Anthony Wahome remembers that day as if it was just yesterday.
The former top cop with Kenya Police, later a security officer with the United Nations, and now a security consultant, recalled that horrible day.
“When we arrived at Westgate it was surreal. Evidence of death all over and yet so many still stranded in the building,” said Wahome. “An active shooter situation ongoing in such a huge mall, the gunmen could be anywhere. The difficult part was winning the confidence of those hiding in shops and other interested spaces because both sides didn’t trust each other. You simply don’t know who is who in such a situation.”
It was Sept. 21, 2013, when four armed men stormed the Westgate Mall, one of Nairobi’s swankiest, and lay siege. In the end, 67 people were killed and hundreds injured. Once again, Kenya made it into the international press for another act of terrorism. The Somali militant group Al Shabab claimed responsibility for the attack.
It was an attack that not only exposed Kenya’s lackluster security in public places — but also exposed sibling rivalry among security forces, a situation that saw friendly fire being exchanged and the military left with eggs on their faces. The attack also changed the way Kenya’s churches handled worship services. For the first time ever, churchgoers were subjected to metal detectors, sniffer dogs and armed policemen camped outside buildings while services went on.
Two years later, Foreign Policy magazine carried out an investigation, indicting Kenyan security forces and the officials over their approach to the massacre. Much of that reporting was confused and contradictory — mirroring the litany of false and misleading statements made by Kenyan authorities in the probe’s aftermath.
There were between 10 and 15 gunmen, the interior minister claimed. “As many as three of them were Americans,” said another cabinet minister. Together they took hostages, used heavy explosives, and pulled off a three-day siege, according to other government sources.
Except none of those things were true.
Far from a dramatic three-day standoff, the assault on the Westgate Mall lasted only a few hours, almost all of it taking place before Kenyan security forces even entered the building. When they finally did, it was only to shoot at one another before going on an armed looting spree that resulted in the collapse of the rear of the building, destroyed by a rocket-propelled grenade.
And there were only four gunmen, all of whom were buried in the rubble — along with much of the forensic evidence.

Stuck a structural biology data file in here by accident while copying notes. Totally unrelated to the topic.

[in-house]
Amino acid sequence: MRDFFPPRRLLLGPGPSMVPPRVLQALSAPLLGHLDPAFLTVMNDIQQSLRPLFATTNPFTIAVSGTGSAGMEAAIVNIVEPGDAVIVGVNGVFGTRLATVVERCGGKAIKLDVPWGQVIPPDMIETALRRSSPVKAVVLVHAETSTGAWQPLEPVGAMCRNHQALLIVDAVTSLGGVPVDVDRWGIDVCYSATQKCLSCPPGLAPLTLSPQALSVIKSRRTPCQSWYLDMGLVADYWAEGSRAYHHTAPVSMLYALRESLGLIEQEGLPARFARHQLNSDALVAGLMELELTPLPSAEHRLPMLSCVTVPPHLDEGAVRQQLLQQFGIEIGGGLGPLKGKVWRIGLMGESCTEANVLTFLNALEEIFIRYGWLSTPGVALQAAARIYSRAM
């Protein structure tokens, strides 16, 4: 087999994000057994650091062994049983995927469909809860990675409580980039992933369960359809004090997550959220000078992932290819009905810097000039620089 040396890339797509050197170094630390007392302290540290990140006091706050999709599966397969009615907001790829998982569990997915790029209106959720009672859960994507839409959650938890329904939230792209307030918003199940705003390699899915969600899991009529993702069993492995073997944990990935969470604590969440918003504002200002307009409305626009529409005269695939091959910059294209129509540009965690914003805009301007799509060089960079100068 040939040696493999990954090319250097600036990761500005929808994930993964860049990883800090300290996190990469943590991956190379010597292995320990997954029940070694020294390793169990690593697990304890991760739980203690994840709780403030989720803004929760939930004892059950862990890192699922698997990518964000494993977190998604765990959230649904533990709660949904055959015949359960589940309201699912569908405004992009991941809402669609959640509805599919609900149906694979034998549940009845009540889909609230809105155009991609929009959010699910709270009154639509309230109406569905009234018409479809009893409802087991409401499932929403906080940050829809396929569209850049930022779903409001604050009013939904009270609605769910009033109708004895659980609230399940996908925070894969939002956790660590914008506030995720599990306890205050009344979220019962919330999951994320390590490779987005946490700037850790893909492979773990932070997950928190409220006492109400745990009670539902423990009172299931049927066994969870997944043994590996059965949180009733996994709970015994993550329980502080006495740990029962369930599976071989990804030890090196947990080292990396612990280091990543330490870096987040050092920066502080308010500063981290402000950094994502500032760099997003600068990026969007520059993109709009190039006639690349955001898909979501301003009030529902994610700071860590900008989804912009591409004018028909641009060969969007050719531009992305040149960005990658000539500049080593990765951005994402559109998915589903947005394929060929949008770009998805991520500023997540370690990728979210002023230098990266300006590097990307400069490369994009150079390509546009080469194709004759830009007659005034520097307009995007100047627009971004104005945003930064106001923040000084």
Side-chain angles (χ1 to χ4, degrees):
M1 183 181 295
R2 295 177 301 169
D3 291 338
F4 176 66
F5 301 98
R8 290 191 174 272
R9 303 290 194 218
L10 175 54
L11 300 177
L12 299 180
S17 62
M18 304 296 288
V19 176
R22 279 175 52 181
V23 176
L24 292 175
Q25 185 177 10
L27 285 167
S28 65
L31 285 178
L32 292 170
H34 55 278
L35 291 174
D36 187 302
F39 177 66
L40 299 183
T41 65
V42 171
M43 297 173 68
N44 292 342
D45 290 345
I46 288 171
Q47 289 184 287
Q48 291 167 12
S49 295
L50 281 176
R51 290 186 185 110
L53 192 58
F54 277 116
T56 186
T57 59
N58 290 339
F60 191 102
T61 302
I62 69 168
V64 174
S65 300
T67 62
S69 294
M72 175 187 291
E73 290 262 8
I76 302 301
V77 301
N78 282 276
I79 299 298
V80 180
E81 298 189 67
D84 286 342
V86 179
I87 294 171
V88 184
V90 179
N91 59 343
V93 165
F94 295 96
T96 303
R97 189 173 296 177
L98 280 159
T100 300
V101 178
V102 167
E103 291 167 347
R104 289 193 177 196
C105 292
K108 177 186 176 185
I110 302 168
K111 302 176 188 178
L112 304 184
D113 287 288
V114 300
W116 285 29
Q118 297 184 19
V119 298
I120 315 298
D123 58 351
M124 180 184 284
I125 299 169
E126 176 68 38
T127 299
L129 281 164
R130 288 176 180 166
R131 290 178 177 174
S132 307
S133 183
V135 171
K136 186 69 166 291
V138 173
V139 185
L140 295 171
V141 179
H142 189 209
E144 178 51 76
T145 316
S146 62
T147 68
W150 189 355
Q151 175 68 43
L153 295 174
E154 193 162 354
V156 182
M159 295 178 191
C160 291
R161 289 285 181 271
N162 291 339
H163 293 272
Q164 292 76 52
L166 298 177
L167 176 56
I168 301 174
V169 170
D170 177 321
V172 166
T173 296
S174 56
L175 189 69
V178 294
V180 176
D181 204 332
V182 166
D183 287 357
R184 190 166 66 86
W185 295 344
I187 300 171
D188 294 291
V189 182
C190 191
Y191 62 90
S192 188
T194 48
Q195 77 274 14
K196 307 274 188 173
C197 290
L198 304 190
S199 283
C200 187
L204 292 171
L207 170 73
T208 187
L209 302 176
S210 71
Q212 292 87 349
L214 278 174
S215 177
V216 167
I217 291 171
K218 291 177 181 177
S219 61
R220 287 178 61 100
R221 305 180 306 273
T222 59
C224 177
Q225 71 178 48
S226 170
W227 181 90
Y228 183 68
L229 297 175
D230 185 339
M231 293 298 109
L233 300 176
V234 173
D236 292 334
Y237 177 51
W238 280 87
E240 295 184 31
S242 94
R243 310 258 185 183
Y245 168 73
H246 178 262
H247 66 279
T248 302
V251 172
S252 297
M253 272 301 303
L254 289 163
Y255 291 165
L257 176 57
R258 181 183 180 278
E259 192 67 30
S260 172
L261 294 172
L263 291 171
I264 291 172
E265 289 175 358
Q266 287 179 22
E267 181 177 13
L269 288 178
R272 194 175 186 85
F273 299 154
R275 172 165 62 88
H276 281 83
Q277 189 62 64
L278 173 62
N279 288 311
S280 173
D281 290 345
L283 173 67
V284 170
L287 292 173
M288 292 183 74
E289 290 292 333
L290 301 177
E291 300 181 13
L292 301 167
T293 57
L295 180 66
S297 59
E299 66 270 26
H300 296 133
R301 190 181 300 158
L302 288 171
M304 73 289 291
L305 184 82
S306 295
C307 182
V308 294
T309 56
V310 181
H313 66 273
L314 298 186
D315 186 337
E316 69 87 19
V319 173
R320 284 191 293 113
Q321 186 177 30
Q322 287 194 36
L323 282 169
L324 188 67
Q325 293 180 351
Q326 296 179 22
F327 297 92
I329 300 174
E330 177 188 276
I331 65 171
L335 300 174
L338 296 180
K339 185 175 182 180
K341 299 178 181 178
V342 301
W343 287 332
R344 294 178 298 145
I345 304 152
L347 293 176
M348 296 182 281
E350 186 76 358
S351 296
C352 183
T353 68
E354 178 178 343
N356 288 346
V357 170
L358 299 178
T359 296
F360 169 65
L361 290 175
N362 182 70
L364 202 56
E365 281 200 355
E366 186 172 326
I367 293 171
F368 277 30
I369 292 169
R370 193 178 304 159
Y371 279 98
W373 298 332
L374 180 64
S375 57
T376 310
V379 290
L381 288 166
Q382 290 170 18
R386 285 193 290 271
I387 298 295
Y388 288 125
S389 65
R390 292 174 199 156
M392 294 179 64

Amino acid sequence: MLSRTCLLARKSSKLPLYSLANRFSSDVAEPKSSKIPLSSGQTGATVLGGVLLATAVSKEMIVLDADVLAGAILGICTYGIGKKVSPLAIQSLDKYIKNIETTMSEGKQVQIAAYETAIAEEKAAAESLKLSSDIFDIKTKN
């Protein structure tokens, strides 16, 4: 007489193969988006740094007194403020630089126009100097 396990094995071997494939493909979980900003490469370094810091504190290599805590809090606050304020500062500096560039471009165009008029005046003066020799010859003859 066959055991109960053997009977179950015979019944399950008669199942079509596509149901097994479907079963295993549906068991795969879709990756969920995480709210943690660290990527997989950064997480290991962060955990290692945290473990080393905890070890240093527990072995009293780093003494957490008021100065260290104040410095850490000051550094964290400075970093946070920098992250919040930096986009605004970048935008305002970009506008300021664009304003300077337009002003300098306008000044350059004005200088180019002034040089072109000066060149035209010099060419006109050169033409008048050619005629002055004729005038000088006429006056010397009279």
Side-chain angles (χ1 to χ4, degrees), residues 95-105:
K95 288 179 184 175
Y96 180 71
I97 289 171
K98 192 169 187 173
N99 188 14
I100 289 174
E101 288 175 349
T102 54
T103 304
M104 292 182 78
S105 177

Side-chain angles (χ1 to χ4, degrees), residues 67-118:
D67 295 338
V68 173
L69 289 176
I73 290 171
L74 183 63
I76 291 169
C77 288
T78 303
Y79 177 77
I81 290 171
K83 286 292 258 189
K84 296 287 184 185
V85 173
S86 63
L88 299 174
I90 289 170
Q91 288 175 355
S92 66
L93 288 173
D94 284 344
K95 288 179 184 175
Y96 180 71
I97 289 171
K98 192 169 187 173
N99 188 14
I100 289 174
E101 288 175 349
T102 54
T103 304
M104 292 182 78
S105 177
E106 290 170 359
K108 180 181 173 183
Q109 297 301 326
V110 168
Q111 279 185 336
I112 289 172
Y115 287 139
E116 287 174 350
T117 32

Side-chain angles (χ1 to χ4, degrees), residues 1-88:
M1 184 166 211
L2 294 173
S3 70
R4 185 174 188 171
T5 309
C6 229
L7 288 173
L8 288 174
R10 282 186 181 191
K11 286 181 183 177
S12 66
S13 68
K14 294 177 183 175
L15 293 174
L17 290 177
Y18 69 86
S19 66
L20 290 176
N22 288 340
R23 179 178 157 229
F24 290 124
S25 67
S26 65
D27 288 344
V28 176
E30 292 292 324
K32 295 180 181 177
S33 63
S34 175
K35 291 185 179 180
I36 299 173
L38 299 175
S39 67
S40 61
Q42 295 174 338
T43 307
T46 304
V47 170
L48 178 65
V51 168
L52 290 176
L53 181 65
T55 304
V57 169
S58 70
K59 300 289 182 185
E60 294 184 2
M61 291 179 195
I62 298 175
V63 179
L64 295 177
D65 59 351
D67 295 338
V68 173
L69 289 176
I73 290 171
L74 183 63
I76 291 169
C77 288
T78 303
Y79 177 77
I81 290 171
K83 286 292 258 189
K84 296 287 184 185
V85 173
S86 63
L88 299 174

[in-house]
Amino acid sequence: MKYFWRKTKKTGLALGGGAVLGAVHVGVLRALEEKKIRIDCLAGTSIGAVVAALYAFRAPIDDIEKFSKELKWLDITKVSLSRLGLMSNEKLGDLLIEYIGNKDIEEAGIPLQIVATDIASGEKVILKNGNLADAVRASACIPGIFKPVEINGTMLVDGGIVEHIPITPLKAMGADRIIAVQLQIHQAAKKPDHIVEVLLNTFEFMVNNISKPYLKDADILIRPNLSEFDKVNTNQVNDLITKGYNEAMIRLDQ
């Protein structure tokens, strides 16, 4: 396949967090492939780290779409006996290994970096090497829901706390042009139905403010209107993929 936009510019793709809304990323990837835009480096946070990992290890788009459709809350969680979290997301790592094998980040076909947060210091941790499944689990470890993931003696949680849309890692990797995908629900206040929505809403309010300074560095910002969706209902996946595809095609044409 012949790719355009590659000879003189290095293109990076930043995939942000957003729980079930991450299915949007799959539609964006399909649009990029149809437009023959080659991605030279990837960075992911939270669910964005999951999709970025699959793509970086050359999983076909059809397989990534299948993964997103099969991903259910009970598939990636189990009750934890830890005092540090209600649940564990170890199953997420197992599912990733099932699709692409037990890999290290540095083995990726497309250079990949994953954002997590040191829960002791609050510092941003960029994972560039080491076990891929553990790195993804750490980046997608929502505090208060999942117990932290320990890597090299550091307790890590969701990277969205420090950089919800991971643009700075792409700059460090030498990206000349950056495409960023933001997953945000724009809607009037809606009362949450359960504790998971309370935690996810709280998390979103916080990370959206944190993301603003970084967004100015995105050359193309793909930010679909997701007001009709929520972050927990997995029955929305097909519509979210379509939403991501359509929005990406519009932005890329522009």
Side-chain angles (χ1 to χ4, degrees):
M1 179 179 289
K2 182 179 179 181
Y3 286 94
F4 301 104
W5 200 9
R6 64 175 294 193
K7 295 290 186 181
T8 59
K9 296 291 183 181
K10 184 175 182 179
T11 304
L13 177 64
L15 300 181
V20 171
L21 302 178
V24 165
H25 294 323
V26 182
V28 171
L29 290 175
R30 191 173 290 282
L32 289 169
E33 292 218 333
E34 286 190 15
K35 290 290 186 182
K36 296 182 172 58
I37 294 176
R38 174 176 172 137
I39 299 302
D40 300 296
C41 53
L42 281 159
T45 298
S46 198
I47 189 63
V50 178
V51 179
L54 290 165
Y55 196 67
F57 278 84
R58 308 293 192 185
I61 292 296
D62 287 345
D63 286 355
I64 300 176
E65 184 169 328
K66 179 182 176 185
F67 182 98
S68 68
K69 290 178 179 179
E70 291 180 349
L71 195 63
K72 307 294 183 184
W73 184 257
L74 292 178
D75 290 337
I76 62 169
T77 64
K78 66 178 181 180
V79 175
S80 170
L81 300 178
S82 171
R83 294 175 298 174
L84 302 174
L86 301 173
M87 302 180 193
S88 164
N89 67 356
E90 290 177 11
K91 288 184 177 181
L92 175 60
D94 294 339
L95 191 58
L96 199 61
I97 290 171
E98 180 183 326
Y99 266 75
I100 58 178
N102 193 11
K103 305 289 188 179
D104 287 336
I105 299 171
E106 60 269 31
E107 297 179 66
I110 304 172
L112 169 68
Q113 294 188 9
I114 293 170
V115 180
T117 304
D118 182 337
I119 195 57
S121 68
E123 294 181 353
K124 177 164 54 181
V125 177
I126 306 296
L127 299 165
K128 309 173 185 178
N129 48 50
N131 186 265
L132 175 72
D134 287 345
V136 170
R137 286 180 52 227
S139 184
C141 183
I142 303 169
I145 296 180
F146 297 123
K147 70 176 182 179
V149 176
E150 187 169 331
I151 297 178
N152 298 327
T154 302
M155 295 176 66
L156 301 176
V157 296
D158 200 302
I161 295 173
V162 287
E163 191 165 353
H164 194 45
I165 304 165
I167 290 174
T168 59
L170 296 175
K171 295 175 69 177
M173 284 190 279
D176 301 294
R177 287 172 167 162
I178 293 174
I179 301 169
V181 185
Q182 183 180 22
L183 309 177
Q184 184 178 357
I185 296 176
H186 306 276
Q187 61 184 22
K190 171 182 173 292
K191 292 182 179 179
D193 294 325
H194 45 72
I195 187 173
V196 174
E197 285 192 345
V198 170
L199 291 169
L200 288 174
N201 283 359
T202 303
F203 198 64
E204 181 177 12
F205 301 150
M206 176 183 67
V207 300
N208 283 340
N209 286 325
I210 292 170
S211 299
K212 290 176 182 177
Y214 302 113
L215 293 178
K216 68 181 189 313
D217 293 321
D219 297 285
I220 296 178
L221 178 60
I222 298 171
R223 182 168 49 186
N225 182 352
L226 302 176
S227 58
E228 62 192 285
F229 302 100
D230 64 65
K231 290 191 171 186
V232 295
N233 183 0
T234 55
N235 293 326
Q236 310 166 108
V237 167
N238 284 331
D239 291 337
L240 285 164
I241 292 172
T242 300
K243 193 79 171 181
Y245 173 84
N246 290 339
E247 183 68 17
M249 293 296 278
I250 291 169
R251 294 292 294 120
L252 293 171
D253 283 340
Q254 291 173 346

A lot has happened in a decade. Families remembered their lost loved ones. Westgate Mall is fully operational (albeit with improved security outsourced from an Israeli firm) and the churches are still strict with their “new normal.”
Wahome, the security consultant who also worked as a ballistics expert with the Directorate of Criminal Investigations with Kenya Police, said: “As a Born-again Christian, I am fully aware that my help comes from God and Him alone. … The Bible reminds us to be strong and of good courage — to fear not — the practicality of this portion of scripture is that it is not an invitation but a command. As I embarked on life saving, I had settled with the fact that death is not an issue; at that point, it was a non-issue. There is no space for fear because fear torments. My confidence and that of other rescuers was that we walked in alive and we shall walk out alive.”
He said he believes that the security protocols used by many churches, especially in Kenya’s urban centers, were for the overall good. Church security was completely changed, he said, adding that it underwent a complete metamorphosis — especially after there were targeted bombings at churches.
“Searches became the new norm at every public space and because every Kenyan was aware of the season we were in, there were little or no complaints,” Wahome said. “Church numbers fell initially, but gradually went back to normal and then to overflowing.”
Apostle Nickson Orieny of Temple of God Ministries said that one of the protocols introduced in his church included keeping eyes open when praying.
“On security, churches have experienced quite a number of intrusions before even Westgate happened,” said Orieny. “Most of us had already instructed our members to keep guard, especially during times of prayers where almost everyone closes their eyes and chances of attacks occurring are high.”
During the period commemorating the attack, BBC carried a story in which members of the Kenyan Somali community felt that they had been targeted after the attacks (all four gunmen were Somali nationals). Kenya shares a border with Somalia and has a sizeable number of citizens of Somali birth.
Orieny said he believes a sizeable number of Muslims are radicalized.
“I strongly believe most Muslims are deliberately radicalized to hate members of other faiths by misinterpretation of various portions of the Koran right from their tender ages, and this is where we have the problem,” he said. “If only Muslims were taught to embrace members of other religions, then we wouldn’t be having many of these attacks around.
He added: “Look at the recent wave of terrorist attacks in Pakistan against the Christian members every religion that does not teach tolerance is a threat to peace.”
Produced in association with Religion Unplugged
Edited by Priscilla Jepchumba and Newsdesk Manager
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